We had to leave the country for my boyfriend to get his work visa. We decided to go to Malaysia.





I didn’t understand it then, but I now know my mast cells were already in a flare. I was living with mold illness and didn’t know it. Mold exposure is one of the triggers to MCAS.


Travel in Malaysia, Singapore and Thailand felt so different than any of my previous travels. Where was the calm I usually felt when travelling? Where was the excitement to see the next place? Why couldn’t I muster the energy to chat up new acquaintances?


Tracey shopping for food close to her apartment in Seoul

I struggled with food. For the first time in my travels eating became stressful. Up until this trip I had always had access to a kitchen and would do most of my shopping and food prep. That just wasn’t an option in Southeast Asia at that time. Loads of cheap places for backpackers existed, but none with kitchens.


Much of the food was spicy. If I tried to eat it, I suffered from extreme stomach pain. Sometimes I couldn’t find something to eat that wasn’t spicy and would suffer the consequences.






I was still motivated to keep moving from one place to the next, because the markets, temples, and beaches were all so awe inspiring, but mentally and emotionally I was not in a great place. Physically I was struggling to manage a vaginal yeast infection, eczema on my lips, and a severe response to mosquito bites. All of this on top of generalized fatigue and brain fog.



My mast cells were on full activation creating this storm in my body. I didn’t understand what was happening or what to do to feel better.




Nepal


Despite the experience of that trip, my love of travel continued, and Nepal was one place that was on my bucket list of places to visit.


A few months ago, when my friend Jonathan Kane mentioned he was organizing a trip, I immediately knew I wanted to join. His tea shop, The Naked Leaf would partner with Nepalese Tea Collective to offer a tour focused on tea, cultural experiences, and cooking. How could I resist?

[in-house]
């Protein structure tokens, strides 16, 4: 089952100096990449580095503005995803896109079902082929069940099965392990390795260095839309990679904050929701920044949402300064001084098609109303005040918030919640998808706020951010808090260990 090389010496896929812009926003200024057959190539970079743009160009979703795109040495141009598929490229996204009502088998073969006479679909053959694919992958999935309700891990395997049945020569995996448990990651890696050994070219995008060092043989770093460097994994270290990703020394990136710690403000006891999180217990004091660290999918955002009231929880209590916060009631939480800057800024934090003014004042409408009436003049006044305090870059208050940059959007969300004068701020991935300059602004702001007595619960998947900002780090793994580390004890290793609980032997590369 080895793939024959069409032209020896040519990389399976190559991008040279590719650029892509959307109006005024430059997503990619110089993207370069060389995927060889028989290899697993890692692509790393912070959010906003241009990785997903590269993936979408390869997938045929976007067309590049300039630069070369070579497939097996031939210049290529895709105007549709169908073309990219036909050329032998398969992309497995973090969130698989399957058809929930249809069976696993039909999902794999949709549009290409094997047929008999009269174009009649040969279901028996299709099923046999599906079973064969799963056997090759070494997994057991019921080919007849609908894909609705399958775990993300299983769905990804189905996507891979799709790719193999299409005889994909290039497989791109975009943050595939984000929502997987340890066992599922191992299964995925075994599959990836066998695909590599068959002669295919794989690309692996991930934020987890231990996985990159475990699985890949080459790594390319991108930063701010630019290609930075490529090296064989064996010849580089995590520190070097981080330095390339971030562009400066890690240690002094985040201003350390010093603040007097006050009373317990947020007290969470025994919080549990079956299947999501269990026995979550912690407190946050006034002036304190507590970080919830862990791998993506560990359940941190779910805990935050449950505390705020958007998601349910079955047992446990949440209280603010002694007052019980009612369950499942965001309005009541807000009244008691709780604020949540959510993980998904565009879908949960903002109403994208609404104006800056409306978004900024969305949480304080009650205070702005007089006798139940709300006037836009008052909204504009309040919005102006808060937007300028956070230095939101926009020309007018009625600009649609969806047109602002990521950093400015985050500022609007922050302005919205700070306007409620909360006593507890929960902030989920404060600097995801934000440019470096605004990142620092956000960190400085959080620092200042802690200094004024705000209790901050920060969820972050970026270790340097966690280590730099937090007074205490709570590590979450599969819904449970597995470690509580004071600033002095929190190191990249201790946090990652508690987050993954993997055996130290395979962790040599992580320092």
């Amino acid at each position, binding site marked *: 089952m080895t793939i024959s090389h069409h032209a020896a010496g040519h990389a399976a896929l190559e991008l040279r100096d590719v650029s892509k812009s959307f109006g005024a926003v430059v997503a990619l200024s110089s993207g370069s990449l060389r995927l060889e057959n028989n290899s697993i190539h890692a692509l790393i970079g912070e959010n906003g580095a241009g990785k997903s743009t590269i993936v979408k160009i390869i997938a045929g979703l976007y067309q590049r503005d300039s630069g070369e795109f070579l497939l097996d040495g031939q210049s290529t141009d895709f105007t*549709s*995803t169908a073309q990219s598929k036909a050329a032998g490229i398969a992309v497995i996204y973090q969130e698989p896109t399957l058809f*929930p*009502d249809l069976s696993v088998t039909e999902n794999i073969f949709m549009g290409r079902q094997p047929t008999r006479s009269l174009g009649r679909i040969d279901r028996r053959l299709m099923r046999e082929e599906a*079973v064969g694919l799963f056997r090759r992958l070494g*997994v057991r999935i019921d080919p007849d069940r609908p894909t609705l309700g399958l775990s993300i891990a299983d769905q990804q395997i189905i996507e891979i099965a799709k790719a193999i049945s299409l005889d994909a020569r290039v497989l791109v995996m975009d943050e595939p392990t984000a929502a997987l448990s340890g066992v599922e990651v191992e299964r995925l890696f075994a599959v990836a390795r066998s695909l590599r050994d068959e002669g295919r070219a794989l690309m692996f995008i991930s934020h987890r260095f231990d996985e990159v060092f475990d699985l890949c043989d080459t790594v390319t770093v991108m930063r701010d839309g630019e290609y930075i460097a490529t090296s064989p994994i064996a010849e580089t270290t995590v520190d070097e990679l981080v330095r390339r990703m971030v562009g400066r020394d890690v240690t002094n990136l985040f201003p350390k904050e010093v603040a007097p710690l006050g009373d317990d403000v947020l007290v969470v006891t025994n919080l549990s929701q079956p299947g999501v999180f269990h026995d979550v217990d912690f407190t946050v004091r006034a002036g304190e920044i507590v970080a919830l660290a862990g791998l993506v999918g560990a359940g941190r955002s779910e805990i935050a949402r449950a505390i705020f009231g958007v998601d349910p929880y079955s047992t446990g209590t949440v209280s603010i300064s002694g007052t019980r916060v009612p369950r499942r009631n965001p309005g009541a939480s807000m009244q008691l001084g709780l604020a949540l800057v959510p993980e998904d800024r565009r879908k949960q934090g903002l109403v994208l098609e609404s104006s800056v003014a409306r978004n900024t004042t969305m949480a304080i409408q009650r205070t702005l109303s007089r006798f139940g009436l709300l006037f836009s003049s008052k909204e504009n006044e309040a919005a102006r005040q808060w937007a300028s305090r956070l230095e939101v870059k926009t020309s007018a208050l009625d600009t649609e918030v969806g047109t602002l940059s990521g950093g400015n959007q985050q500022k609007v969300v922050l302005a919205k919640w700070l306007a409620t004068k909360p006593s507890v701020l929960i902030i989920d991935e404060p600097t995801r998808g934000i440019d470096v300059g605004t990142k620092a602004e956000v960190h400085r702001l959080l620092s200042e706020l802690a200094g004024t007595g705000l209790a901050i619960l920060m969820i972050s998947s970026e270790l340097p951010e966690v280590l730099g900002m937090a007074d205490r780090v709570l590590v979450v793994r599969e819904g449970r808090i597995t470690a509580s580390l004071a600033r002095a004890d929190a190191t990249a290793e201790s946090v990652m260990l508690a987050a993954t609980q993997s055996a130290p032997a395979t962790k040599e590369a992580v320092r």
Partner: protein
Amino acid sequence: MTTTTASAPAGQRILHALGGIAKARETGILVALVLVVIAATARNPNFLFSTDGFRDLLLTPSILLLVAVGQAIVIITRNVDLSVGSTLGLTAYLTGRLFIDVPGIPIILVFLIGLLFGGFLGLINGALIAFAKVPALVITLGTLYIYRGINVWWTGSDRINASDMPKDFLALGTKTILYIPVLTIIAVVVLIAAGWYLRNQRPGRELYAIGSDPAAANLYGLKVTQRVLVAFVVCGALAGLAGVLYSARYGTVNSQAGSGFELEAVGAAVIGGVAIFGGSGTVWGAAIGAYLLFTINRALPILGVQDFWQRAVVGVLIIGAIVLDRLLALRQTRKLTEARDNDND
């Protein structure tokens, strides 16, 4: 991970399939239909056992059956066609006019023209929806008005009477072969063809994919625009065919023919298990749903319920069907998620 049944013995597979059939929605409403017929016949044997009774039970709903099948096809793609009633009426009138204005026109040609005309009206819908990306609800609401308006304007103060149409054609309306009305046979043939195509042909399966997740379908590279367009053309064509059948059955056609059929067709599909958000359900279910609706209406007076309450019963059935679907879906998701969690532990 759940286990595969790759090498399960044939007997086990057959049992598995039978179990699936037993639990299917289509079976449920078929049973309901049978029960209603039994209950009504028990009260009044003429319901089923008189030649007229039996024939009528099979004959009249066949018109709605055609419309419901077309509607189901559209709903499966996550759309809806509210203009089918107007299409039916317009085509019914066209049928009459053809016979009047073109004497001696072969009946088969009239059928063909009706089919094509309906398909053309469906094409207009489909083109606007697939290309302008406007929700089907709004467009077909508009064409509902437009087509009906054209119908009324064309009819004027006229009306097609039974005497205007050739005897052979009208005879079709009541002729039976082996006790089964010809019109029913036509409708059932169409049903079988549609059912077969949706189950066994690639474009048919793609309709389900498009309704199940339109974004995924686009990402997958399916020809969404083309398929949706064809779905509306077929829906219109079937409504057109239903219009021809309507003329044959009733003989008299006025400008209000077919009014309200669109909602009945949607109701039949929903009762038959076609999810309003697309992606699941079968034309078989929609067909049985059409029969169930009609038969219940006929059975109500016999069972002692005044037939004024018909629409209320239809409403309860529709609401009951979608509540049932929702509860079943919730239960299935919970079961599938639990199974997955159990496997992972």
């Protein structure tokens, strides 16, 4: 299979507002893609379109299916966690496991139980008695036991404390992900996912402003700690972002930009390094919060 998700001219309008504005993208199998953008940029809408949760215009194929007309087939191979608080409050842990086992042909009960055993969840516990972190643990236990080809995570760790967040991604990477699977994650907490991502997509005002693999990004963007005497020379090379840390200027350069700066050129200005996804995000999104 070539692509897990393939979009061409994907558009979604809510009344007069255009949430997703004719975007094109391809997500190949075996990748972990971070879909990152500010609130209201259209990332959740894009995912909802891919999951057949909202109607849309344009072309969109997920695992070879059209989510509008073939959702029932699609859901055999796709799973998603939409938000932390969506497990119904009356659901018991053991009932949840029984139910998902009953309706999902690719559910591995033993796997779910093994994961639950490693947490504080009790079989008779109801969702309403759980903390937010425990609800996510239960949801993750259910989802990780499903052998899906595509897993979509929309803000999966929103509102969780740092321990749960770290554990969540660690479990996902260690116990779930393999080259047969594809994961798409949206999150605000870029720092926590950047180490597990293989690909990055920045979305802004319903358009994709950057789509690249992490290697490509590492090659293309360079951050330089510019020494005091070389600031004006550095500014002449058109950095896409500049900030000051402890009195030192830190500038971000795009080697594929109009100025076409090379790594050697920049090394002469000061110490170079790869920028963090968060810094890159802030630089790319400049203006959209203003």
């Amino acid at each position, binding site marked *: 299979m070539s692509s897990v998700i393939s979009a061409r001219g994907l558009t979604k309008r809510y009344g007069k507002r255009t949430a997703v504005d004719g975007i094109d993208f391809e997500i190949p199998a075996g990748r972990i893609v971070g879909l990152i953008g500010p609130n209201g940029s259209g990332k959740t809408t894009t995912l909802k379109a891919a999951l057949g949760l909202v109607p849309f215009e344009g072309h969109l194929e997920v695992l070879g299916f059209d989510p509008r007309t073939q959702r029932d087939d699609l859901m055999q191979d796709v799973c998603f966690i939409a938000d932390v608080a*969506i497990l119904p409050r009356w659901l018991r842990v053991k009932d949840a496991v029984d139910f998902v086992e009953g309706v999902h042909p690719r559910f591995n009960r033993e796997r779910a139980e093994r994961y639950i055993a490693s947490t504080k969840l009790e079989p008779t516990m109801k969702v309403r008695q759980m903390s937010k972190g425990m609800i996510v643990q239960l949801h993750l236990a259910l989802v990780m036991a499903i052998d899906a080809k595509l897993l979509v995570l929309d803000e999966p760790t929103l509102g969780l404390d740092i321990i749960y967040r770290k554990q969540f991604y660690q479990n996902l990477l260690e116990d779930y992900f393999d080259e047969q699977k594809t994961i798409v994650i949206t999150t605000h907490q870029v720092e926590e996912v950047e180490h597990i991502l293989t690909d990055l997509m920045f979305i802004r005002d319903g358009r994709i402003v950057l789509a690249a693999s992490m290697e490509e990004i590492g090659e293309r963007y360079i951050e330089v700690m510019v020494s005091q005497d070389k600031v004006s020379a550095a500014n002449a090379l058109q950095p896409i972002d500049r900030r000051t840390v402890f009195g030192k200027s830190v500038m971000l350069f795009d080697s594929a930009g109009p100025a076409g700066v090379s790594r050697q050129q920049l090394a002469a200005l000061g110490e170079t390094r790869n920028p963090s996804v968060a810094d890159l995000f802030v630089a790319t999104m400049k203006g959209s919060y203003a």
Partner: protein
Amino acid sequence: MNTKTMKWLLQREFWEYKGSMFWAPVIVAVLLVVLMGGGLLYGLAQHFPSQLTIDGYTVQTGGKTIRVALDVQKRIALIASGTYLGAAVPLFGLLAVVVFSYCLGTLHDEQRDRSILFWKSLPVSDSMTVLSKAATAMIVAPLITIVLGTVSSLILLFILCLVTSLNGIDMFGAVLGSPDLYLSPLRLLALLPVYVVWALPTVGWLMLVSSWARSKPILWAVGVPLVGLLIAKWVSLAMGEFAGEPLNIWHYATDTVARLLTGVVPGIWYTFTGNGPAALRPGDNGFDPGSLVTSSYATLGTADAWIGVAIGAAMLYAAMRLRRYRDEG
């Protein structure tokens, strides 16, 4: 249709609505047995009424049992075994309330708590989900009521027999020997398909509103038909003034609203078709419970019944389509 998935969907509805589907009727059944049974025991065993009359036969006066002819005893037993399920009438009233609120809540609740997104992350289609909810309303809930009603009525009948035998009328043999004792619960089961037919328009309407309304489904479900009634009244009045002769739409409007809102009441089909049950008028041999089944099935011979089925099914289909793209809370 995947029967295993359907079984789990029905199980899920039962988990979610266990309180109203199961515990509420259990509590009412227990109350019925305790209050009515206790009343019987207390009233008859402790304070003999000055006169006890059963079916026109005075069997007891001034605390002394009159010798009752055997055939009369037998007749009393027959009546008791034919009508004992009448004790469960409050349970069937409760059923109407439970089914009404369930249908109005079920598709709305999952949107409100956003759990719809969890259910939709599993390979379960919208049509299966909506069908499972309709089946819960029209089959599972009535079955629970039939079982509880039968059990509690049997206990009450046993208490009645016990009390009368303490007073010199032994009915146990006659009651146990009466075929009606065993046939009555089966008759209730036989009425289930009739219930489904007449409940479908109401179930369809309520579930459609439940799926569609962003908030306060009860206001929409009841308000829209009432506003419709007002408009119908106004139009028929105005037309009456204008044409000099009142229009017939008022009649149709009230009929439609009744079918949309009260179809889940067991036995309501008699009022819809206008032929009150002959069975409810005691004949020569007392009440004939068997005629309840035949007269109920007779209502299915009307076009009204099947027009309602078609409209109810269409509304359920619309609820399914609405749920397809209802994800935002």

Unlike my earlier travels, now that I knew I have MCAS, and knowing how to manage it with a variety of tools and strategies now gave me the confidence to go boldly forth to explore new unfamiliar parts of the world.


I also know that I can’t always control everything, so I must go with the knowledge that I can be as prepared as possible for a variety of situations, but that I’ll have to let go of the rest and just do the best I can.


Getting Prepared


Depending on your symptoms, travel preparations may have some additional considerations. Here are some things I encountered or thought of as I was getting ready for my trip that I thought may come in handy for some. Things to consider preparing for the trip ahead for those who struggle with histamine or mast cell mediated issues:

  1. Can you sit for long periods of time, or is it better to break up your trip into shorter distances or flights. Breaking up a trip and stopping overnight somewhere – whether with a road trip or when flying – can help you pace yourself and give your body a break from being in the same position.